Friday, March 31, 2017

Pyramid Mountain hike

In the afternoon, we headed to the North Shore of Lake Crescent to hike the Pyramid Mountain trail. From the parking area across the road, this is a 7.2 mile round trip hike with 2,400 ft of elevation gain. After crossing the road, there is a short paved section that switchbacks up towards the trailhead.

The majority of this hike is in the forest. There are a few areas where streams cross the trail.

 The trail has a nice gradient climbing up the flank of Pyramid Mountain for the first 1.75 miles.
 An old landslide took out a section of the trail, and it has been replaced with a narrow foot path over the slide area.

The landslide die open up a view of part of Lake Crescent and the Olympic Mountains to the south.

There is a lot of exposure on this section of the trail, be careful of your foot placement.

 After the landslide, the trail begins to climb more steeply. We found several downed trees along the trail, none to difficult to maneuver over or under.
There are a couple of sections where the trail levels out for a short time.

 Near the top, the trail crosses a saddle and another view of Lake Crescent appears.

 A short steep section leads up to an old plane spotter hut atop Pyramid Mountain.

Between the trees are some nice views of the lake 2,500 ft below.
Western end of Lake Crescent and nestled in the hills lies Lake Sutherland. Beyond the hills, we could see Mt Baker peaking through the clouds.

 Across the lake to the south lies Mount Storm King, where we hiked this morning.

Another view of Lake Crescent to the south. Far below we could spot the dock by the lodge at Storm King.

Mount Storm King and Marymere Falls Hike

 We headed out to the Lake Crescent area of Olympic National Park to do some hikes today. We started at the Storm King Ranger Station on the south shore to Combine the hike up Mount Storm King with the hike to Marymere Falls in the morning. (4.8 miles rt with 2,200 ft of elevation gain).

 The trail goes through a tunnel under Hwy 101.
 After 1/2 mile, the trail splits, Mount Storm King to the left, Marymere Falls to the right.
We chose to head up Mount Storm King first, we could gain 2,000 ft in elevation in less than 1.5 miles.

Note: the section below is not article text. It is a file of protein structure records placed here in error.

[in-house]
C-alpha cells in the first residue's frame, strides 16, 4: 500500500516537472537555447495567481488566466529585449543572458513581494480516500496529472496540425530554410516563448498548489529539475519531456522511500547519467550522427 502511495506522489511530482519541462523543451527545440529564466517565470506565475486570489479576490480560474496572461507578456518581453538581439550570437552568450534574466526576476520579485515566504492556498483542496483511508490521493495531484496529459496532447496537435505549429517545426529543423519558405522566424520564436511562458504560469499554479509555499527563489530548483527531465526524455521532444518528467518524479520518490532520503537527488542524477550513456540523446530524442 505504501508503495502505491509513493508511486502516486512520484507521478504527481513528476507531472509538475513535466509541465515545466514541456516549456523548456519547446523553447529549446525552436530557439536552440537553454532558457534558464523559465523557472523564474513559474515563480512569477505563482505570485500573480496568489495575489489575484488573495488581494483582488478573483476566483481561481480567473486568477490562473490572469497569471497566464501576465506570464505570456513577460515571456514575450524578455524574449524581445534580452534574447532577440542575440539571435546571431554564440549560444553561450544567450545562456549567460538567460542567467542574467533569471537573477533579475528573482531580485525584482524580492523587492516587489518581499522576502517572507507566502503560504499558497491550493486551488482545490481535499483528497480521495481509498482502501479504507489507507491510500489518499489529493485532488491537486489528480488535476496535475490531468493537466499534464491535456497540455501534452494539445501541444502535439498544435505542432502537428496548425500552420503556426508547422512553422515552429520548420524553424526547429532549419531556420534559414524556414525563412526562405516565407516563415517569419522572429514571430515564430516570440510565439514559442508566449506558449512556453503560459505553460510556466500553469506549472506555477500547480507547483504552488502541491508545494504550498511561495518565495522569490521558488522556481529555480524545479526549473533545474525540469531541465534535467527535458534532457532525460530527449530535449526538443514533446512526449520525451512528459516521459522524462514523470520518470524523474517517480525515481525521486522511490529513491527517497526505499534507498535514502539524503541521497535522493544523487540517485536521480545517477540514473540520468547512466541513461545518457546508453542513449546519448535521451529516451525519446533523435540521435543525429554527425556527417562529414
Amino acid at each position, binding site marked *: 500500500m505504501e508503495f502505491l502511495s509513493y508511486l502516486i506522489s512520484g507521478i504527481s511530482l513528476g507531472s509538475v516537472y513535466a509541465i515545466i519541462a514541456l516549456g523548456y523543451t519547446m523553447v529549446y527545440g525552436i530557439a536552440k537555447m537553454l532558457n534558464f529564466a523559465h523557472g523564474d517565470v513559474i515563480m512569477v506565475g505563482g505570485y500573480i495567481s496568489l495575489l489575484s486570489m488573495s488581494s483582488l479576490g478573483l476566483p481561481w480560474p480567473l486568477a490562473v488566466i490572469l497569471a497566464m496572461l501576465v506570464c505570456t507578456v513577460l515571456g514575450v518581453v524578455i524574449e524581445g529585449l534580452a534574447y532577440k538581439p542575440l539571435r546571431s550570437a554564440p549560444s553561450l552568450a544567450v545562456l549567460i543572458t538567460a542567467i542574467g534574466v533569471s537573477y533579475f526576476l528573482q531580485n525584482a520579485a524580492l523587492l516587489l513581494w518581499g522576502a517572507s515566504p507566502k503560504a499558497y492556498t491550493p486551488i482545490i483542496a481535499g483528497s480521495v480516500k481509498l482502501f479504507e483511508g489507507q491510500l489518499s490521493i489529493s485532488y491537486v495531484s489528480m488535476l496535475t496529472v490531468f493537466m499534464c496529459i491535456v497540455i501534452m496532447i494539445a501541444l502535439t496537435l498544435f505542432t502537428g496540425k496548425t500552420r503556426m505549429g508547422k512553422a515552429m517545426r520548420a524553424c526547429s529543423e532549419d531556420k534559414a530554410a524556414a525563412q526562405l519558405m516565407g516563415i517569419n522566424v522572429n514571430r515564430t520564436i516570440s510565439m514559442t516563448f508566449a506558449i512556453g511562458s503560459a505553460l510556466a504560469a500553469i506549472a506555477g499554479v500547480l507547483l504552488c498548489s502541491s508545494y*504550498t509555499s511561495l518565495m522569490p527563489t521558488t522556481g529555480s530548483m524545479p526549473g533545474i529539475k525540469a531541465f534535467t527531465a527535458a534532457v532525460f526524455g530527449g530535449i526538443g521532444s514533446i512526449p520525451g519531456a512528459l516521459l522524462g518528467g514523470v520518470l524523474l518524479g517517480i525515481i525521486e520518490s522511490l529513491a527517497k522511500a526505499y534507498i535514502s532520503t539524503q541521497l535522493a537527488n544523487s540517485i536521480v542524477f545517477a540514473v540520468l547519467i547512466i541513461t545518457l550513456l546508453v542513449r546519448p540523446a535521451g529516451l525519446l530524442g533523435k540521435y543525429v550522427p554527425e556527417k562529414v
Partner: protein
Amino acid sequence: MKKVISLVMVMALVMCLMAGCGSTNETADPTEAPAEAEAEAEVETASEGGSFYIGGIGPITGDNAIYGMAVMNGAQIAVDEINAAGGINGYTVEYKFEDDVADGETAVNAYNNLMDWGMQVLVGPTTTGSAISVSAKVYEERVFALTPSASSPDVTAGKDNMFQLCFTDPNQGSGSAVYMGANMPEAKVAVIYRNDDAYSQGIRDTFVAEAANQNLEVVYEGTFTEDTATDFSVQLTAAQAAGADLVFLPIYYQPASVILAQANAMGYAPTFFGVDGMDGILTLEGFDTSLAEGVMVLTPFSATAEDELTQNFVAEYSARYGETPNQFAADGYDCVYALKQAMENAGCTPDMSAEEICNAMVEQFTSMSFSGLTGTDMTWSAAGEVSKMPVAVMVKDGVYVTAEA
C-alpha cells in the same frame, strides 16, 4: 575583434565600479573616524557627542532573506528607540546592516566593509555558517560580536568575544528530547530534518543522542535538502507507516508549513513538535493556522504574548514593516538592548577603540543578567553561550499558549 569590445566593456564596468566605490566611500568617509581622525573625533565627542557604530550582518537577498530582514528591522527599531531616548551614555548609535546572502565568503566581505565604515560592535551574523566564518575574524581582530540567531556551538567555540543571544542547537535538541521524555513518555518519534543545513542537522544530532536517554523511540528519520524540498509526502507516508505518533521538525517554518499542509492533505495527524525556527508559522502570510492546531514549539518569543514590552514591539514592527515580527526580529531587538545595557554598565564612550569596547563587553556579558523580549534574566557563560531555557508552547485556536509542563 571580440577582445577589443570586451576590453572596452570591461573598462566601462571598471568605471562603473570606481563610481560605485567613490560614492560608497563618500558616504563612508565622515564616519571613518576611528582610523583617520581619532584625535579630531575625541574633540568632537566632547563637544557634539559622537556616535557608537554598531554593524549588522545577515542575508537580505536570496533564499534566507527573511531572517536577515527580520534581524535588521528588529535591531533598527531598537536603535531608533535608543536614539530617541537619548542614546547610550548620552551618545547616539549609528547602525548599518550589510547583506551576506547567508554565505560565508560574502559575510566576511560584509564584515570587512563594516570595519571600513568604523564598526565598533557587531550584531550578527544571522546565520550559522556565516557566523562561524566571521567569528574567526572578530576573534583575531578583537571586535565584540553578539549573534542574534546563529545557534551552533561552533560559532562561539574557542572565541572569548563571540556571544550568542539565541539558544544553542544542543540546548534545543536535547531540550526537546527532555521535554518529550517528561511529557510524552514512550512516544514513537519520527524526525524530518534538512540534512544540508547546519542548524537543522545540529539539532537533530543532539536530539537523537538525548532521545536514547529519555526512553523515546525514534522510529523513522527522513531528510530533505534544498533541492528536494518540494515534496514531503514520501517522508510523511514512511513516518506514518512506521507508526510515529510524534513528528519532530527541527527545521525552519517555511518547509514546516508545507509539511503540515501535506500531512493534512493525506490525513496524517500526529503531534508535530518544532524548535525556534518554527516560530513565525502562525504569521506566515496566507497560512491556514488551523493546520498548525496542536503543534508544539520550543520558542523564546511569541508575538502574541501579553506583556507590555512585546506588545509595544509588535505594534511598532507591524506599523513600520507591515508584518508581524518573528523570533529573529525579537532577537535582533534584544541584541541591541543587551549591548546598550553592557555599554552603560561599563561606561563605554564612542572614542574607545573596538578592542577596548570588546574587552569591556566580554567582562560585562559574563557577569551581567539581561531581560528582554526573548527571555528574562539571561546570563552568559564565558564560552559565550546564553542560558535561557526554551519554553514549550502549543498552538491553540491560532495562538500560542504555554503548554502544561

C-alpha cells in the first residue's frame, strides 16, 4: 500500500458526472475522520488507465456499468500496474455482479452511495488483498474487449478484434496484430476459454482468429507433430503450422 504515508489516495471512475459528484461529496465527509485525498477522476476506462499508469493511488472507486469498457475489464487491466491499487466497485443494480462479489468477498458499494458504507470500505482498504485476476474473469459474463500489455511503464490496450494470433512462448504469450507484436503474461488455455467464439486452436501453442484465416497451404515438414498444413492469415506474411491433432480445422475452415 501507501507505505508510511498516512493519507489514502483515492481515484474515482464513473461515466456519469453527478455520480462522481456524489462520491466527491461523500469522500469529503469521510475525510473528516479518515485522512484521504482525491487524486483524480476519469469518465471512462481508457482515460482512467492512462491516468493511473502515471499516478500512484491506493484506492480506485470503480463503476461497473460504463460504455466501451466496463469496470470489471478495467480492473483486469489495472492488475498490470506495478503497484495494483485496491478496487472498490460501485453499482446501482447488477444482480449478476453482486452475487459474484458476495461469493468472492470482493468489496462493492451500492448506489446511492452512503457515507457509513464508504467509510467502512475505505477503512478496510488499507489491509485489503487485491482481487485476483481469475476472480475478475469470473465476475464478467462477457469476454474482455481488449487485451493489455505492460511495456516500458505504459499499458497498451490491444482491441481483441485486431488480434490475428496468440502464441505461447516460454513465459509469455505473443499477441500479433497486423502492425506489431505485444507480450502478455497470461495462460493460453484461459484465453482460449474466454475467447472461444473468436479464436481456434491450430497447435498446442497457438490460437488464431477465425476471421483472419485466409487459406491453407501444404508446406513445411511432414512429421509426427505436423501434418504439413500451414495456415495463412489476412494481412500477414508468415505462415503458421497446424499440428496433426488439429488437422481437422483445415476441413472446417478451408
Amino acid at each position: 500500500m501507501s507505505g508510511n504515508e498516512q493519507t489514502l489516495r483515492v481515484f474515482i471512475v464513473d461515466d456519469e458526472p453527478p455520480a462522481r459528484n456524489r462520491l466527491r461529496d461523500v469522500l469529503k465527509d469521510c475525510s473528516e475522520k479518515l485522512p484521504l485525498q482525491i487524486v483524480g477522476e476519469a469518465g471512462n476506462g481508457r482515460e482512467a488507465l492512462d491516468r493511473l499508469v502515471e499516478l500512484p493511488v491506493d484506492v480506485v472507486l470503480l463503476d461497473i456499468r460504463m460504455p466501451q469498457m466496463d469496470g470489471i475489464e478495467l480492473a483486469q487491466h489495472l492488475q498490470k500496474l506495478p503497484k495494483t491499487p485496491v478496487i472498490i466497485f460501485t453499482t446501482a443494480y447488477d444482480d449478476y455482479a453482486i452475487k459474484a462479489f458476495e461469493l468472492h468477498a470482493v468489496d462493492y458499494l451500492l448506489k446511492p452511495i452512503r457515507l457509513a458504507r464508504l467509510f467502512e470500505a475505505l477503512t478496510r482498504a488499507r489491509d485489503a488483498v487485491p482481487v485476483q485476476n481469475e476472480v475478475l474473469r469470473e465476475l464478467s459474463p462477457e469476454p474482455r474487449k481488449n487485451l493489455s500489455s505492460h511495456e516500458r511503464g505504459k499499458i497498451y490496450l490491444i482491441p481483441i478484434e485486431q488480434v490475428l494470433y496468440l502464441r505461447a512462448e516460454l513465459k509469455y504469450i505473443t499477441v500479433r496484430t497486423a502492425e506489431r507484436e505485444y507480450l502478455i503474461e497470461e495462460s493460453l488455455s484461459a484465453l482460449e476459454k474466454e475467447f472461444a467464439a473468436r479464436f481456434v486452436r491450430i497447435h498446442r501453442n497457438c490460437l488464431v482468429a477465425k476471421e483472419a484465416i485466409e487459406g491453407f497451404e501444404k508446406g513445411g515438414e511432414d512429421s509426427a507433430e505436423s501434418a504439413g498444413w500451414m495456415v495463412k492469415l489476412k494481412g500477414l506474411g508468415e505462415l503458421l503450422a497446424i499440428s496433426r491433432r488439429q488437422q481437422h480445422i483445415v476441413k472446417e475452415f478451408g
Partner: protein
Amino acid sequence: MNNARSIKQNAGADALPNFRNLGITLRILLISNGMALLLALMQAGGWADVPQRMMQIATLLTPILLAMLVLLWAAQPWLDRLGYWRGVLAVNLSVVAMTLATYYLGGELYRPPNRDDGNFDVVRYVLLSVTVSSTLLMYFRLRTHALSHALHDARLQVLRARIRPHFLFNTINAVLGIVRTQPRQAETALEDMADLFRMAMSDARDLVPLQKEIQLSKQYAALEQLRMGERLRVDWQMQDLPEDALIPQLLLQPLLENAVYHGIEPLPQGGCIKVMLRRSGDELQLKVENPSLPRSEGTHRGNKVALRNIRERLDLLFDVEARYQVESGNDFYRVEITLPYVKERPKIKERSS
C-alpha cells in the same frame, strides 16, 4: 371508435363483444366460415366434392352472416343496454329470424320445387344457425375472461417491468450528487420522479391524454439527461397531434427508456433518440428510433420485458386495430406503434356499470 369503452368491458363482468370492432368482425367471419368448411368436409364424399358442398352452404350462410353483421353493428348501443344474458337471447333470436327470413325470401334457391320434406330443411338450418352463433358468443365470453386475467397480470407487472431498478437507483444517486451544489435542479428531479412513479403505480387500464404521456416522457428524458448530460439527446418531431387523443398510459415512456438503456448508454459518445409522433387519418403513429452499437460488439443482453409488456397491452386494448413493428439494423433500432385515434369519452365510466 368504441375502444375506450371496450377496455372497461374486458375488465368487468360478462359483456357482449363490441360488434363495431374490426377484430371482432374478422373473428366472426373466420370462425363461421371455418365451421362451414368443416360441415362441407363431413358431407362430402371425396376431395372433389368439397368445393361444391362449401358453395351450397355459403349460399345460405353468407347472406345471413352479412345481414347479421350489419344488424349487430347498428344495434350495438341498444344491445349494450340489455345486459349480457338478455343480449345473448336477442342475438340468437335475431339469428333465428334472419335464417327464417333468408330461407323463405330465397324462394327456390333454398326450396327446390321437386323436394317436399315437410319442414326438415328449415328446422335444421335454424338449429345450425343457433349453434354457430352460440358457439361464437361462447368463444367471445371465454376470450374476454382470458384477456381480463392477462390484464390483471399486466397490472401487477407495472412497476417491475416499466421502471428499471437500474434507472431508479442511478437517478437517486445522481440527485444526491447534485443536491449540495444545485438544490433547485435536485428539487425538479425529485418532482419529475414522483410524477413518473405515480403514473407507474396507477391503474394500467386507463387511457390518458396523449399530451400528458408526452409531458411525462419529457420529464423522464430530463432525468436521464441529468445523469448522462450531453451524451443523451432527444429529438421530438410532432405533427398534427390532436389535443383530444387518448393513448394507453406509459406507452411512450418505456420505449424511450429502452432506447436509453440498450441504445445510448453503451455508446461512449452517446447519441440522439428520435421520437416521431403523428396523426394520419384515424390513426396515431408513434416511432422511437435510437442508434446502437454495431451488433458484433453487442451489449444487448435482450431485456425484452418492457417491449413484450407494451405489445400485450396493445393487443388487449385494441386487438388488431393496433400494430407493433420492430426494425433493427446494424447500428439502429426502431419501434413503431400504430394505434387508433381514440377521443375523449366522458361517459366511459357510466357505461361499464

After gaining about 1,350 ft in less than a mile, reach the first viewpoint overlooking Lake Cresent. Beyond the peaks to the north, lays the Straight of Juan de Fuca and Vancouver Island in Canada.

Another 400 ft of elevation gain over 1/2 mile leads to the second viewpoint.

The trail here is narrow and has exposure, so be careful where you step. This is where the maintained trail on Mount Storm King ends.

 Many hikers continue up the 250-300 ft scramble up to a rocky ledge for great views.
Sometimes hikers leave ropes over the steep loose scree sections of the scramble. (These are not placed or maintained by the park)

There are no ropes along the final rocky ledge.
 The ledge is narrow, uneven and has over 1,000 ft drop offs on both side.
But the panoramic view of Lake Crescent is fabulous! Pyramid Mountain is across the lake. On a clear day, the Strait of Juan de Fuca, Vancouver Islands and the North Cascade mountains can be seen in the distance.

 After enjoying the view, we returned back down the trail to the junction and hiked 1/2 mile through the forest to Marymere Falls. A bridge crosses Barnes Creek.
 There is a loop trail going up 200 ft on the way to view the falls.

 Marymere Falls (90 ft) from the lower viewpoint.

 Marymere Falls from the upper viewpoint

On the walk back to the trailhead, we spotted this large boulder that looked like a moss covered skull.

Tuesday, March 28, 2017

Horsetail Falls Loop

 There was still a lot of daylight after our Coyote Wall Hike, so we decided to do a short waterfall hike on the Oregon side of the Columbia Gorge.
We chose the Horsetail Falls Loop hike, 2.6 miles with 610 ft of elevation gain.

 Horsetail Falls (176 ft) is right next to the Historic Hwy at the start of the trail.

Although this trail is mostly in the forest, there were several places where we had view overlooking the Columbia River

About 1/2 mile up the trail is Ponytail Falls (88 ft), the trail continues behind these falls.
Pano view from behind Ponytail Falls:

 View of Ponytail Falls from the other side of the trail.
The trail levels out after Ponytail Falls, and is a nice walk in a beautiful forest.
 View overlooking the Columbia River
 Trillium in bloom
 Lots of moss covered trees
The trail passes by a large weeping wall. Today there was almost enough water coming over to be a waterfall.

 Lower section of the weeping wall.

 The trail then drops down via switchbacks to the bridge over Oneota Creek in the Oneota Gorge.
 Looking down Oneota Gorge as the creeks travels down to the Columbia River.
 The trail crosses this bridge over Oneota Creek.
 Middle Oneota Falls (15 ft)
 The trail then continues down to the Historic Hwy, crossing a couple of other trails. We saw a few places where water was spilling over the rock walls along the trail.

 A distant waterfall
old moss covered stone wall.

 The trail joins the Historic Hwy for 1/2 mile walk back to Horsetail Falls. Before the trail goes through a tunnel,
 it crosses the north end of Oneota Creek.
 I took the short, very wet, trail up the side of the creek, where water was spilling over the rock walls.
 Too much water in the creek to look up into the Gorge, so I returned back to the Historic Hwy.
The loop ends back at Horsetail Falls.

Not on the trail, but a short drive down the Historic Hwy took us to Mutlanomah Falls.